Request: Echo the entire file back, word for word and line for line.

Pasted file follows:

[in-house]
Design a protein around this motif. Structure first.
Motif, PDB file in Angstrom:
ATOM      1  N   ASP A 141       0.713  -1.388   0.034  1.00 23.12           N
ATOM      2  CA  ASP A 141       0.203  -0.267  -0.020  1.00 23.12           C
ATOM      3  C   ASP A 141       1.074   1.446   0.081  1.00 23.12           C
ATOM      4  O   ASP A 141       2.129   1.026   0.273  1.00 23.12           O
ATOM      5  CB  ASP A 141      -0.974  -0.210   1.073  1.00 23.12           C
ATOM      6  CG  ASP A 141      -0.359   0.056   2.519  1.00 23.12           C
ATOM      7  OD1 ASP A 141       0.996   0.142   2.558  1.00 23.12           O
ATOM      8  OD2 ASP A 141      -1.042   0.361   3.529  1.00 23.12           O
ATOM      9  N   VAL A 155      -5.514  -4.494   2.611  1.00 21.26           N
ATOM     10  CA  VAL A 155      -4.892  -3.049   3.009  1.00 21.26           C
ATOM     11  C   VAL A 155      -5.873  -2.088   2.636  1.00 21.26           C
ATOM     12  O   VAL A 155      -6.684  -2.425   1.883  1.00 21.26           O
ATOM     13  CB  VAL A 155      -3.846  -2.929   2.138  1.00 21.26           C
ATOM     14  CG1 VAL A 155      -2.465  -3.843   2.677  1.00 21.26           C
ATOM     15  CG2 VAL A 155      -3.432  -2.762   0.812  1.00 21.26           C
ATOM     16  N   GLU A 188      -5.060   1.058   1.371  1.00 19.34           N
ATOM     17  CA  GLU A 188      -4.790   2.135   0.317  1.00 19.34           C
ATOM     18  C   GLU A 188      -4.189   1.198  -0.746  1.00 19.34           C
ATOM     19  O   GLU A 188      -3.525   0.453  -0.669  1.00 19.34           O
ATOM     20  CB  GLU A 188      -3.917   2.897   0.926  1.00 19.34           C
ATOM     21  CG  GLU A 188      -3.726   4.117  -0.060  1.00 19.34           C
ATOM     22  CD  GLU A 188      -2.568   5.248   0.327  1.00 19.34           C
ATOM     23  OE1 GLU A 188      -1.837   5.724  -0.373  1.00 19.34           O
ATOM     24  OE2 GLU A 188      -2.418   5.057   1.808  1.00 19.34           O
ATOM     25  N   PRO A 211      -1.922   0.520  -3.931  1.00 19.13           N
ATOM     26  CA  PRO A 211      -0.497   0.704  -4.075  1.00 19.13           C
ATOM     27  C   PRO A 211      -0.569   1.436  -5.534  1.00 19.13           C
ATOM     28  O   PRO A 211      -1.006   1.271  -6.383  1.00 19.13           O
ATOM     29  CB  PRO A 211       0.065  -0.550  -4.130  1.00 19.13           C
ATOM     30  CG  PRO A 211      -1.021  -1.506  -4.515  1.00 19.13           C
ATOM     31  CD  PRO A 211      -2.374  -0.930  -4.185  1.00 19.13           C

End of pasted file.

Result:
[in-house]
Design a protein around this motif. Structure first.
Motif, PDB file in Angstrom:
ATOM      1  N   ASP A 141       0.713  -1.388   0.034  1.00 23.12           N
ATOM      2  CA  ASP A 141       0.203  -0.267  -0.020  1.00 23.12           C
ATOM      3  C   ASP A 141       1.074   1.446   0.081  1.00 23.12           C
ATOM      4  O   ASP A 141       2.129   1.026   0.273  1.00 23.12           O
ATOM      5  CB  ASP A 141      -0.974  -0.210   1.073  1.00 23.12           C
ATOM      6  CG  ASP A 141      -0.359   0.056   2.519  1.00 23.12           C
ATOM      7  OD1 ASP A 141       0.996   0.142   2.558  1.00 23.12           O
ATOM      8  OD2 ASP A 141      -1.042   0.361   3.529  1.00 23.12           O
ATOM      9  N   VAL A 155      -5.514  -4.494   2.611  1.00 21.26           N
ATOM     10  CA  VAL A 155      -4.892  -3.049   3.009  1.00 21.26           C
ATOM     11  C   VAL A 155      -5.873  -2.088   2.636  1.00 21.26           C
ATOM     12  O   VAL A 155      -6.684  -2.425   1.883  1.00 21.26           O
ATOM     13  CB  VAL A 155      -3.846  -2.929   2.138  1.00 21.26           C
ATOM     14  CG1 VAL A 155      -2.465  -3.843   2.677  1.00 21.26           C
ATOM     15  CG2 VAL A 155      -3.432  -2.762   0.812  1.00 21.26           C
ATOM     16  N   GLU A 188      -5.060   1.058   1.371  1.00 19.34           N
ATOM     17  CA  GLU A 188      -4.790   2.135   0.317  1.00 19.34           C
ATOM     18  C   GLU A 188      -4.189   1.198  -0.746  1.00 19.34           C
ATOM     19  O   GLU A 188      -3.525   0.453  -0.669  1.00 19.34           O
ATOM     20  CB  GLU A 188      -3.917   2.897   0.926  1.00 19.34           C
ATOM     21  CG  GLU A 188      -3.726   4.117  -0.060  1.00 19.34           C
ATOM     22  CD  GLU A 188      -2.568   5.248   0.327  1.00 19.34           C
ATOM     23  OE1 GLU A 188      -1.837   5.724  -0.373  1.00 19.34           O
ATOM     24  OE2 GLU A 188      -2.418   5.057   1.808  1.00 19.34           O
ATOM     25  N   PRO A 211      -1.922   0.520  -3.931  1.00 19.13           N
ATOM     26  CA  PRO A 211      -0.497   0.704  -4.075  1.00 19.13           C
ATOM     27  C   PRO A 211      -0.569   1.436  -5.534  1.00 19.13           C
ATOM     28  O   PRO A 211      -1.006   1.271  -6.383  1.00 19.13           O
ATOM     29  CB  PRO A 211       0.065  -0.550  -4.130  1.00 19.13           C
ATOM     30  CG  PRO A 211      -1.021  -1.506  -4.515  1.00 19.13           C
ATOM     31  CD  PRO A 211      -2.374  -0.930  -4.185  1.00 19.13           C